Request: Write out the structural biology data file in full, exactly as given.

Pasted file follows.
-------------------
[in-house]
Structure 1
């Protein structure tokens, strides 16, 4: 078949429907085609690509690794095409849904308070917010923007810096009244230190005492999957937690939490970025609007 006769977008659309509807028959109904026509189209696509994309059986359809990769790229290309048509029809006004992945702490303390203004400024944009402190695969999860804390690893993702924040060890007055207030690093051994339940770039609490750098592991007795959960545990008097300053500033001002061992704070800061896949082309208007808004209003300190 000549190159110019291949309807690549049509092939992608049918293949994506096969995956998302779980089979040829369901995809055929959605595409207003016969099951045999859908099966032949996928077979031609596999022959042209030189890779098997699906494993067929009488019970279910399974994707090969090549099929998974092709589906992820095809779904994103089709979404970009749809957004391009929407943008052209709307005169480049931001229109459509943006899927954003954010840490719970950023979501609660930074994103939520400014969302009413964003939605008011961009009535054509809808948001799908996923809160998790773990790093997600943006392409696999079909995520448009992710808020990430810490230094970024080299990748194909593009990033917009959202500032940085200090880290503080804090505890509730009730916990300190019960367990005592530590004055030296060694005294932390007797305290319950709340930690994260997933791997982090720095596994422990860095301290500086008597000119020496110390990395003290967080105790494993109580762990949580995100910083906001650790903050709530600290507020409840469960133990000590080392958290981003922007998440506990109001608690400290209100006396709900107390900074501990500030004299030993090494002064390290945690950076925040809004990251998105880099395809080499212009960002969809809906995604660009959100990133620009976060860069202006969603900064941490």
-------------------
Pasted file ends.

[in-house]
Structure 1
């Protein structure tokens, strides 16, 4: 078949429907085609690509690794095409849904308070917010923007810096009244230190005492999957937690939490970025609007 006769977008659309509807028959109904026509189209696509994309059986359809990769790229290309048509029809006004992945702490303390203004400024944009402190695969999860804390690893993702924040060890007055207030690093051994339940770039609490750098592991007795959960545990008097300053500033001002061992704070800061896949082309208007808004209003300190 000549190159110019291949309807690549049509092939992608049918293949994506096969995956998302779980089979040829369901995809055929959605595409207003016969099951045999859908099966032949996928077979031609596999022959042209030189890779098997699906494993067929009488019970279910399974994707090969090549099929998974092709589906992820095809779904994103089709979404970009749809957004391009929407943008052209709307005169480049931001229109459509943006899927954003954010840490719970950023979501609660930074994103939520400014969302009413964003939605008011961009009535054509809808948001799908996923809160998790773990790093997600943006392409696999079909995520448009992710808020990430810490230094970024080299990748194909593009990033917009959202500032940085200090880290503080804090505890509730009730916990300190019960367990005592530590004055030296060694005294932390007797305290319950709340930690994260997933791997982090720095596994422990860095301290500086008597000119020496110390990395003290967080105790494993109580762990949580995100910083906001650790903050709530600290507020409840469960133990000590080392958290981003922007998440506990109001608690400290209100006396709900107390900074501990500030004299030993090494002064390290945690950076925040809004990251998105880099395809080499212009960002969809809906995604660009959100990133620009976060860069202006969603900064941490």